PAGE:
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Events 2009

Exhibition in the Cabinet

Michaela Frühwirth

Opening: December 9, 2009, 7 p.m.

The exhibition Latitude consisted of two drawings – Obstruction, 2006, pencil on translucent paper, 101x301 cm and Sermilik Station, 2009, pencil on paper, 300x367 cm – and a slight architectural alteration to the space. This setting exposeed observation per-se, in other words the drawings, the space and the act of viewing interacted in a way that relations between observer and observed became tangible.

The entrance portal to the Kabinett was extended diagonally in such a way that it aligned with an exterior window. This intervention formed a corridor, which lead towards the exterior ”view“. The corridor aimed to enact observation, preparing the setting for viewing. Once entered – the visitor’s gaze was guided along a sequence of familiar visual themes: the converging lines of the corridor, the wall punctured by a window, the grid of the windowpanes and the particular framing of the setting beyond. Just before the end of this corridor, the hegemony of the procession was violated when the space opened sideways in either direction – leading towards two concentrated yet distinct distillations of vision. The constructed hallway bisected the space forming two unequal chambers, each housing a drawing: Obstruction in the space with another view to the exterior and Sermilik Station installed in the more hermetic side of the space.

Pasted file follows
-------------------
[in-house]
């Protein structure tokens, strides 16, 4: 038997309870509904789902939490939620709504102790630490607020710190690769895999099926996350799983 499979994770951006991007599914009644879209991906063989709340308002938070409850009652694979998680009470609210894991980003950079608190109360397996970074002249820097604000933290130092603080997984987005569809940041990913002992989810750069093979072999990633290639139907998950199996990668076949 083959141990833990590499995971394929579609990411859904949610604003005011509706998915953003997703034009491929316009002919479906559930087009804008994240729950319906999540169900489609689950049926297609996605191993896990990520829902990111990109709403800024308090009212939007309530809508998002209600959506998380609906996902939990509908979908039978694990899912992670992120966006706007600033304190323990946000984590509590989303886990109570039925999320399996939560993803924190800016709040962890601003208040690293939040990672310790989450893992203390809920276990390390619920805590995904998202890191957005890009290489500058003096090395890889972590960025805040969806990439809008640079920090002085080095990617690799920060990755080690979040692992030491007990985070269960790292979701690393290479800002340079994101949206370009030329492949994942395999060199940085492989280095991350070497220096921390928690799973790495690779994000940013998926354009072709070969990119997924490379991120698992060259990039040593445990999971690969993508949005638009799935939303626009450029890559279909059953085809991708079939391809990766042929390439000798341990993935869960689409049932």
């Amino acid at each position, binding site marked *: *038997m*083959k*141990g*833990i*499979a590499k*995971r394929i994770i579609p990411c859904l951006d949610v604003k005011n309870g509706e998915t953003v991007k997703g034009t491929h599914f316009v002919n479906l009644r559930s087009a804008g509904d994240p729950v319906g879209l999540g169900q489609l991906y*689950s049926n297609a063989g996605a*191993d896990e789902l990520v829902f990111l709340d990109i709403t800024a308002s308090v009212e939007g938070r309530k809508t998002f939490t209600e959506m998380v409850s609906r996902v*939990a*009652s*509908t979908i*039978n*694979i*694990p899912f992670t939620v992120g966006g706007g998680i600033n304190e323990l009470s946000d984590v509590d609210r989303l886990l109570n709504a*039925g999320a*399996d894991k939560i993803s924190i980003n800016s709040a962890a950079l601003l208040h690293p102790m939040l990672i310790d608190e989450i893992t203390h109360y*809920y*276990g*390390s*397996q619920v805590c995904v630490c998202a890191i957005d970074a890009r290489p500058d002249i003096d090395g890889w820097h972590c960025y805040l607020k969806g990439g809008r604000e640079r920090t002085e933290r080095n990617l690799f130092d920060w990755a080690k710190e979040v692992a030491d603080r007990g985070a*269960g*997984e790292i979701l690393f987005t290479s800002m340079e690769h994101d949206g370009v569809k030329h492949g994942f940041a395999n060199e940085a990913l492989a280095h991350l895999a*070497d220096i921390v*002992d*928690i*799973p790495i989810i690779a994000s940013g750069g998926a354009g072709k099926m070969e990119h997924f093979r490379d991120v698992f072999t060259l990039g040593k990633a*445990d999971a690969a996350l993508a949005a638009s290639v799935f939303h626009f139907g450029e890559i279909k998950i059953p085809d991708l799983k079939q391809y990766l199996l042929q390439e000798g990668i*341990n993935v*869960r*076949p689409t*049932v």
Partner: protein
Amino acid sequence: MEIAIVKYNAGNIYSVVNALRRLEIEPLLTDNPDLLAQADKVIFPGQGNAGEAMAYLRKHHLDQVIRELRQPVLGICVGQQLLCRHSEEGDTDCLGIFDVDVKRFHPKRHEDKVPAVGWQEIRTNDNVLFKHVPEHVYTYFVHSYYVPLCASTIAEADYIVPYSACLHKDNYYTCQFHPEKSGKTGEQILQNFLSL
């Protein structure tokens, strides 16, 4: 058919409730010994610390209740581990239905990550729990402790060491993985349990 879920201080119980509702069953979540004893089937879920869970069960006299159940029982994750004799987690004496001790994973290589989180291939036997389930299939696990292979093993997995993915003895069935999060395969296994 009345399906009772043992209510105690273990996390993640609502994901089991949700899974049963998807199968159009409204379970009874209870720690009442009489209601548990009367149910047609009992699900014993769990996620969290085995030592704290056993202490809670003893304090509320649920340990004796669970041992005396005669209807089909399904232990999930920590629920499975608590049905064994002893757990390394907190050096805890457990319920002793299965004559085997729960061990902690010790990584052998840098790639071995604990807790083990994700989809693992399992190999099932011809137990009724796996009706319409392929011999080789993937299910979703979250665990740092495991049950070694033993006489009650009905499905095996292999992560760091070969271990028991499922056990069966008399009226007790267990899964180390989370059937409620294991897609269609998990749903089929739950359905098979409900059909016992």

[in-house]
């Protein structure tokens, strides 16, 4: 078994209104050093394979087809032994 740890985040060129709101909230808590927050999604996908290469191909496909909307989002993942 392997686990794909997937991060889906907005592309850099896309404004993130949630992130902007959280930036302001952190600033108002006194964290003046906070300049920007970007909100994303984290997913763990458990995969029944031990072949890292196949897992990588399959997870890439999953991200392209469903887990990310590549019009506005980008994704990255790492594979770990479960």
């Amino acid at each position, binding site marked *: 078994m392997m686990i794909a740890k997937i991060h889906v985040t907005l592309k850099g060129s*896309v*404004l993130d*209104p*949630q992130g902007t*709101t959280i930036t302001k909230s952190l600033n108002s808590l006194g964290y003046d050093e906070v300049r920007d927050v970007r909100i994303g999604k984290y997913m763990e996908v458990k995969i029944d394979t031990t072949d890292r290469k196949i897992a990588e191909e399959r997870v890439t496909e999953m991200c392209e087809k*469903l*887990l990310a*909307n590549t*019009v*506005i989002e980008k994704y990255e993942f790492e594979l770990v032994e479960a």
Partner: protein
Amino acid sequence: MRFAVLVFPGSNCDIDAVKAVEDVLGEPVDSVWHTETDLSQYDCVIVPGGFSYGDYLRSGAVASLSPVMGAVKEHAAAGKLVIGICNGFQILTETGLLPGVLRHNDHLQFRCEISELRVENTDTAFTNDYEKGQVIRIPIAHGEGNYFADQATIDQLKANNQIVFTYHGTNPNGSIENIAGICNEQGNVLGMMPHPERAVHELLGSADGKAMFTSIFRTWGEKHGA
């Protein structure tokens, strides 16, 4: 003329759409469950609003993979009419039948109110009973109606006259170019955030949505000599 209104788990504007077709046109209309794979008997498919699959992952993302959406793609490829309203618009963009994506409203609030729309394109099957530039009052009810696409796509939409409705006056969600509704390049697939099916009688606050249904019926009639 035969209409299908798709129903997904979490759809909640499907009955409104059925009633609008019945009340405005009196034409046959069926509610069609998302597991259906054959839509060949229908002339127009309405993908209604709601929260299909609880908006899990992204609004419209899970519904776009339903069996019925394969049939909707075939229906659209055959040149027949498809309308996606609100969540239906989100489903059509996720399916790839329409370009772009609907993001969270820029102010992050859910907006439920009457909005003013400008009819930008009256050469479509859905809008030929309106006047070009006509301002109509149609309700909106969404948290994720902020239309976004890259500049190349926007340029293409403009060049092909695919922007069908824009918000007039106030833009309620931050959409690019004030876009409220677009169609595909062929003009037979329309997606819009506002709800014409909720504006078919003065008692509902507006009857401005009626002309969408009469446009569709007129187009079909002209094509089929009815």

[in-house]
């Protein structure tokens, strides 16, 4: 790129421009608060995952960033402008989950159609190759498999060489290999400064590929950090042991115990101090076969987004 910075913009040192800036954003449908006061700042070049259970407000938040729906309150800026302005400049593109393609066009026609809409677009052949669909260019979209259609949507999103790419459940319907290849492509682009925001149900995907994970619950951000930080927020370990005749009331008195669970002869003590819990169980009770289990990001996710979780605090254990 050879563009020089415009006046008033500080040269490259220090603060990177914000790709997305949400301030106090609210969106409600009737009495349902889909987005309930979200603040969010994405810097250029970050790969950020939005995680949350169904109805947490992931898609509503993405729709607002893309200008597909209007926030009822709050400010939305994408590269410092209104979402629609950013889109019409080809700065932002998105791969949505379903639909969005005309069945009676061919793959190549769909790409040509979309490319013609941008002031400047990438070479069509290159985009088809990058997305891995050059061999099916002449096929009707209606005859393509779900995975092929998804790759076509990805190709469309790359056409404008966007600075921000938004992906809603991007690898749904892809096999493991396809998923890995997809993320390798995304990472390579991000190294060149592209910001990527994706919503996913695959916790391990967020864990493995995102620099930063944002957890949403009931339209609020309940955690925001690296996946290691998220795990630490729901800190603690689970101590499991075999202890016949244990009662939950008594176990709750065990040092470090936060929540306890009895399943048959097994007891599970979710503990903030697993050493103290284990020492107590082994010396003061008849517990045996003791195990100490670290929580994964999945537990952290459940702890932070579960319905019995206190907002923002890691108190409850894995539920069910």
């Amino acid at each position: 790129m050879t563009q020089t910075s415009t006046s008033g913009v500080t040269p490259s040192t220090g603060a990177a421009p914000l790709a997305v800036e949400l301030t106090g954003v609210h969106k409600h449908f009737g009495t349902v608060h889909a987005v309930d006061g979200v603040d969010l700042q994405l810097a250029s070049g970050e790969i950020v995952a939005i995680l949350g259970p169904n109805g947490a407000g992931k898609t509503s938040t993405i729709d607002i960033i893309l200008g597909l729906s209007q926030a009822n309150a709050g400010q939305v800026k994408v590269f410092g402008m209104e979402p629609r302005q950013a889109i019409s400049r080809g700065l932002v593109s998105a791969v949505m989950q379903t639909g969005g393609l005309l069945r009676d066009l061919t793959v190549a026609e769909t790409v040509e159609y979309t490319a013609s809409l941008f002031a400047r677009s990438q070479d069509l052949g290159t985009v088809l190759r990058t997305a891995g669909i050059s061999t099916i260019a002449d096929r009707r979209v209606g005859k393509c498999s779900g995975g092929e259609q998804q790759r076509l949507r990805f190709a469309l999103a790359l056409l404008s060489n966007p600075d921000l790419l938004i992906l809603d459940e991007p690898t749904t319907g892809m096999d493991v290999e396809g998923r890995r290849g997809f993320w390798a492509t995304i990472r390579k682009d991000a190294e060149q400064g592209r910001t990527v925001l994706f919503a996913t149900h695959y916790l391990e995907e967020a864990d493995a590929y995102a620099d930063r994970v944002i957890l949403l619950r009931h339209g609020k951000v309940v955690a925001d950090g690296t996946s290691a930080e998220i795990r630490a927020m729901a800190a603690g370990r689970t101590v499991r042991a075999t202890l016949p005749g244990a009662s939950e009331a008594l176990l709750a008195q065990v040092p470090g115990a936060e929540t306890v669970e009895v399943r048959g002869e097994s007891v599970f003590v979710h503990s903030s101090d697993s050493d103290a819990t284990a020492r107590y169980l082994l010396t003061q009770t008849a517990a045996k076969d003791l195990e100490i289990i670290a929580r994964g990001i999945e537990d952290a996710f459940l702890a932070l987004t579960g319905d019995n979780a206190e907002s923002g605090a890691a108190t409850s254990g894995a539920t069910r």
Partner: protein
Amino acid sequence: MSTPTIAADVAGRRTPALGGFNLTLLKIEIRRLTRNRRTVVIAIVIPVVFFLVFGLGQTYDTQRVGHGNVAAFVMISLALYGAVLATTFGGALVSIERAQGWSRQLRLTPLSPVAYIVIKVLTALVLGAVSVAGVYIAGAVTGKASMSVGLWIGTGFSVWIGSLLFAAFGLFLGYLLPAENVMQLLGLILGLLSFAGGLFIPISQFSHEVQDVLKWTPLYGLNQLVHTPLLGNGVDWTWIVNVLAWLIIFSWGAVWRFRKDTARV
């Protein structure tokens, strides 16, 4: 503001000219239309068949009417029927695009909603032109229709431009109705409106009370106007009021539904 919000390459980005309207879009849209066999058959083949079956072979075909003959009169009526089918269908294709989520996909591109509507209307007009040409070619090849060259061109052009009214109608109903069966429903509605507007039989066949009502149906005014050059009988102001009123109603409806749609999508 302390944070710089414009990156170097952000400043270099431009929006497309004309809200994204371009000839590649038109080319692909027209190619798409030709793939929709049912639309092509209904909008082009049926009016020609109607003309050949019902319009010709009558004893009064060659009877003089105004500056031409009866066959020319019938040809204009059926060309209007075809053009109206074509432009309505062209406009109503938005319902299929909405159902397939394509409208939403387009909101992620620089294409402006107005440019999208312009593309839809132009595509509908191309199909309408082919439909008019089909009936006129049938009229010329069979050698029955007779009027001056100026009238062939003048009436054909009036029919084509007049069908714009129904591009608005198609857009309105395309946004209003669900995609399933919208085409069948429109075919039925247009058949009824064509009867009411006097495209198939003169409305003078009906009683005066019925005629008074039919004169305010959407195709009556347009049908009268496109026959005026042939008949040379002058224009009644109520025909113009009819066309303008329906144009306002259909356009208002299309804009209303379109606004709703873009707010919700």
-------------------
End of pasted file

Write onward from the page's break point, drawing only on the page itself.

The drawings are derived from actual locations. When drawn, the image begins to operate as a screen or a membrane on which the view of a surrounding condenses and congeals. Here the picture plane acts to extend the delay within which sensations begin to take hold, prolonging the flicker between a moment before-ness and a meaning-reflex. These drawings, wedged between “abstraction” and “place,” engaged the viewer in a patient perceptual movement back and forth within the presented space by in-forming the threshold within which our surroundings always unfold as “making sense.” The drawing format operates on a scale that relates to the viewer’s body. It is no longer a “picture” to behold, but rather a space or place within which both the image and the observer emerge intertwined from within the act of viewing itself.

Michaela Frühwirth, born 1972 in Vienna, lives and works in Amsterdam

Exhibition view

Exhibition view
Photo: Andrew Phelp

Exhibition view